By Marilyn Bailey
Photos by Ralph Lauer
A historic house built in 1937 offered challenges for the new homeowners, but with the help of Southlake designer Ragan Aguilera, they’ve created a home that is comfortable with the old and new.
Jim and Lynn Niewald had done the big-house thing. They’d made good use of spacious homes in Southlake, where their children attended Carroll schools, and in the master-planned Hidden Lakes neighborhood in Keller, where they had lived more recently.
But now that the kids were grown and out of the house, the Niewalds were ready for a bold move. They left ready-made suburbia behind and bought a house in downtown Grapevine that was built in 1937 and has a Historic Landmark designation.
“We wanted to downsize and be at a place more central and walkable,” says Lynn. And downsize they did, from 4,400 square feet to 2,675.
Renovating a home with landmark designation can be a tricky process, and because of the age of the house and the damage uncovered during the construction process, homebuilder Neal Cooper had to reconstruct more than they expected. But there was another issue: All their stuff was too big. “Scale was a big deal. Nothing worked — it didn’t fit. It’s hard to go from two-story ceilings to this,” Lynn says, gesturing toward her compact but inviting new living room.
So the couple called in designer Ragan Aguilera of Southlake’s Sally Lynn Home, who helped them replace almost every piece of furniture they owned.
After working with the builder on all the construction details, including interior finishes — things like choosing bricks for their bar area, which meant a trip to Dallas to learn all about brick types — the Niewalds say they were in decision overload.
Thankfully, they feel like Aguilera “got” them, and she could take the lead on decor. Aguilera had them fill out separate questionnaires — couples don’t always agree on style — to learn about their tastes. Then she presented them with a pared-down set of choices for important items: “Do you like A, B or C best?”
“We didn’t have to look at 65 couches,” Lynn says. “And every one of our relatives has said, ‘This looks like y’all.’ ”
The public areas of the house are dressed in a contemporary, relaxed style, with a muted color palette that still has a strong point of view. The couple wanted navy, black and gray, “but blue and black together can be tricky to find,” Aguilera says, “so we had to kind of make it.” She found paintings with those colors, and also a pair of pillows with a watercolorlike pattern of all three shades. Black is seen mainly in metal finishes, as on the barstools and the custom coffee table, and on the leather chair backs. Background whites, as well as brown leather and wood accents, provide balance and warmth.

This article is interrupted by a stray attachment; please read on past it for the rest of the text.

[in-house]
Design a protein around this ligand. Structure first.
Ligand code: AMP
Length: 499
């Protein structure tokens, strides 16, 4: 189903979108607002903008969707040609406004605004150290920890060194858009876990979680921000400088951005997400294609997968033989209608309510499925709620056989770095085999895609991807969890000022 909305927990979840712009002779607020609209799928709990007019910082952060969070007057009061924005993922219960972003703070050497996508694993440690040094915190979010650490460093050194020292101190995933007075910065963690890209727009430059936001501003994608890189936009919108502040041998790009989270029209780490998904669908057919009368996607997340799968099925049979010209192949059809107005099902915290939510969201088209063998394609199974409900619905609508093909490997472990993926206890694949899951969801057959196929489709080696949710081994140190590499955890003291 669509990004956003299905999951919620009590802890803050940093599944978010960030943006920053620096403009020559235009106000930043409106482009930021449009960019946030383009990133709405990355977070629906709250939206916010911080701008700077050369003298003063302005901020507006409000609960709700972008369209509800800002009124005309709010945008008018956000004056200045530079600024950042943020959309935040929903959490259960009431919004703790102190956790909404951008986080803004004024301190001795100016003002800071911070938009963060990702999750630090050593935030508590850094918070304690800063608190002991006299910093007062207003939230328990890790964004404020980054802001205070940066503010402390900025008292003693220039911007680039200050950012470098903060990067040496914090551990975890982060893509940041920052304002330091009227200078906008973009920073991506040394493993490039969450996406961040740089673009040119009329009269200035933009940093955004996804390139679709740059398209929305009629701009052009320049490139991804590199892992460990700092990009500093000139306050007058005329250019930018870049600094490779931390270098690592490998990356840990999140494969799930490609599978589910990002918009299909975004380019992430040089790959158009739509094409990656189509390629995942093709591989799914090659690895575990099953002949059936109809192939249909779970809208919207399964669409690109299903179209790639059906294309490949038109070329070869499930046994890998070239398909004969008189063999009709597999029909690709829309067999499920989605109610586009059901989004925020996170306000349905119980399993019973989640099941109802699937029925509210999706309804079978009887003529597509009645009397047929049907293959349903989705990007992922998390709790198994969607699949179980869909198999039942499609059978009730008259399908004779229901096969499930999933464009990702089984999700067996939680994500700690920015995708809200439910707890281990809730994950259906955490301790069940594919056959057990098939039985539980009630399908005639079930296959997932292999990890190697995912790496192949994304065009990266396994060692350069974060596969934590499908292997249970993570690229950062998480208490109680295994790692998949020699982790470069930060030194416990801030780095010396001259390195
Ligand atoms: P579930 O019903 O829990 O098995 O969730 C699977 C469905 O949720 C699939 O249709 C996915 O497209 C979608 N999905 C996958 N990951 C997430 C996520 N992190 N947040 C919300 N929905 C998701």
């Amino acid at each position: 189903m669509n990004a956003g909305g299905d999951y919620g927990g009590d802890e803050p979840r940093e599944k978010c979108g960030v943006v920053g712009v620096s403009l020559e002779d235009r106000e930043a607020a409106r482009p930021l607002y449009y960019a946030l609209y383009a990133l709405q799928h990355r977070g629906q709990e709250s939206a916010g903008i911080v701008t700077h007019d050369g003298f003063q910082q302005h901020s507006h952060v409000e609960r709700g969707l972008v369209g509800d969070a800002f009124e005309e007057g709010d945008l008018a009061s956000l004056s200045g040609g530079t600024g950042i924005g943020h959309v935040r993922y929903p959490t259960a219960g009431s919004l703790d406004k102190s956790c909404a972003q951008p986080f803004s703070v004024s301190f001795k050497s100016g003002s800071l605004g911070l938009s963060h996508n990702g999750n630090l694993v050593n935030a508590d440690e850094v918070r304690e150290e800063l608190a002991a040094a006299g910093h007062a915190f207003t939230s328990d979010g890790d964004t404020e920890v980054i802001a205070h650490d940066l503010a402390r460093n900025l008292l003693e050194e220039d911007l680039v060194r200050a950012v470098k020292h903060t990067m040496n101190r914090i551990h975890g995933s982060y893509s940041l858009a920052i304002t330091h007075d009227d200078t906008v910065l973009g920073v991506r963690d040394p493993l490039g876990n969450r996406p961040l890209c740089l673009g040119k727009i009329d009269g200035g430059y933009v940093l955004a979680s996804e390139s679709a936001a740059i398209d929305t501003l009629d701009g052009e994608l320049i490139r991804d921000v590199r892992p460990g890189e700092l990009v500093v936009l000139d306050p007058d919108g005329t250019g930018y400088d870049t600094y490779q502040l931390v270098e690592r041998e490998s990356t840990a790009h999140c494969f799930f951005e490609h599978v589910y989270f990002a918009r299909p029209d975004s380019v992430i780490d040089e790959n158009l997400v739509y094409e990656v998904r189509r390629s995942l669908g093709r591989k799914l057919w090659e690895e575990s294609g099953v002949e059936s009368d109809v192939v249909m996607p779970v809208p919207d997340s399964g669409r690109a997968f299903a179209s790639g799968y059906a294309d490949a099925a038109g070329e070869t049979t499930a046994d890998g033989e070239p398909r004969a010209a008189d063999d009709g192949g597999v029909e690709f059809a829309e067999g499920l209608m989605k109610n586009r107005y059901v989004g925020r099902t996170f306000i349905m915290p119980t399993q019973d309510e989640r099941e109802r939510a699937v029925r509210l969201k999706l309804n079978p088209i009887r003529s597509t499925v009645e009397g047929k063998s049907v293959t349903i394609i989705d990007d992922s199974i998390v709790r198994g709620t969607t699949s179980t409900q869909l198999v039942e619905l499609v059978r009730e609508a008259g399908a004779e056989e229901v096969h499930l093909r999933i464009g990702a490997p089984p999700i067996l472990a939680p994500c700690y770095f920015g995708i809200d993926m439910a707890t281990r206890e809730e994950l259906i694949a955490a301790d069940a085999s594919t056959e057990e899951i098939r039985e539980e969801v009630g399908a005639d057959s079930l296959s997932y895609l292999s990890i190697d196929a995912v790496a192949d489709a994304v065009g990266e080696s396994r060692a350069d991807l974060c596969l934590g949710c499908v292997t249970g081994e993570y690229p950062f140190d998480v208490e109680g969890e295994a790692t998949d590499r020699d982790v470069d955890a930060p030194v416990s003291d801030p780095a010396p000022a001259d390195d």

So do textures and a few natural elements. Lynn and Jim love raw edges, so Aguilera had a coffee table with a live-edge wood top made for them. (Sally Lynn Home keeps the slabs in stock and can make these in different finishes and sizes.)
Aguilera didn’t have to find too many decorative accessories because Jim and Lynn, devoted world travelers, already had a collection of fascinating objects. The walls are hung with striking photographs of places they’ve been. A large bookcase in the living room holds mementos from Portugal, Ghana and Singapore, to name a few.
Resting on the screened back porch is a larger prized possession: a pair of seats from the old Busch Stadium that was demolished in 2005. Jim regularly attended St. Louis Cardinals games as a boy. That you can still read that they’re row 4A, seats 1 and 2, adds to the poignancy.
A few more beloved baseball items have found a home in a glass-front case in Jim’s book-lined study, but here’s where downsizing gets hard. “I used to have a Cardinals room. Now I just have a Cardinals cabinet.” You’ll find some of his boyhood train collection on the top shelves, with baseball memorabilia below, including a photo signed by Stan Musial, the legendary Cardinals hitter nicknamed “Stan the Man.”
Jim recalls that he “came down with the mumps or measles or something” on game day one time and had to stay home. His father went without him, but “because I was supposed to be at the game, he wanted to get me something special.” The photo’s inscription reads “To Jimmy.”
“Nobody ever calls me Jimmy — except for Stan,” Jim deadpans.
But other treasures had to go. Jim’s mother had been a music major, and he still owned her beautiful 1938 Steinway grand piano. He hadn’t been playing it much, so they decided to find it another good home rather than squeeze it into this house. Jim put the word out to local music schools and churches, and it ended up with a Fort Worth host family for the Van Cliburn International Piano Competition; at the most recent competition, a Croatian hopeful spent his long practice hours at their instrument.
Decisions like that were painful, but what’s important is that this house is working well for the couple’s new life.
They can still entertain: Past the living room and the kitchen, with its four bar seats, the dining table seats eight, and they can fit more people on the screened-in porch and the patio beyond. Lynn says they have been able to host her “huge” family without things feeling crowded.
On ordinary days and nights, they like to walk to Grapevine’s Main Street and enjoy the wine offerings. The owner of one of the wine rooms has become a friend and has even conducted a tasting at their house. They enjoy taking the TEXRail train to Fort Worth, and that will become even more fun when the fancy Grapevine/Main Street Station opens within easy walking distance next year.
Thanks to their new take on a vintage house, with its front porch and modest footprint, and their growing participation in downtown life, they’re adding to what they say drew them here in the first place: the character of the neighborhood.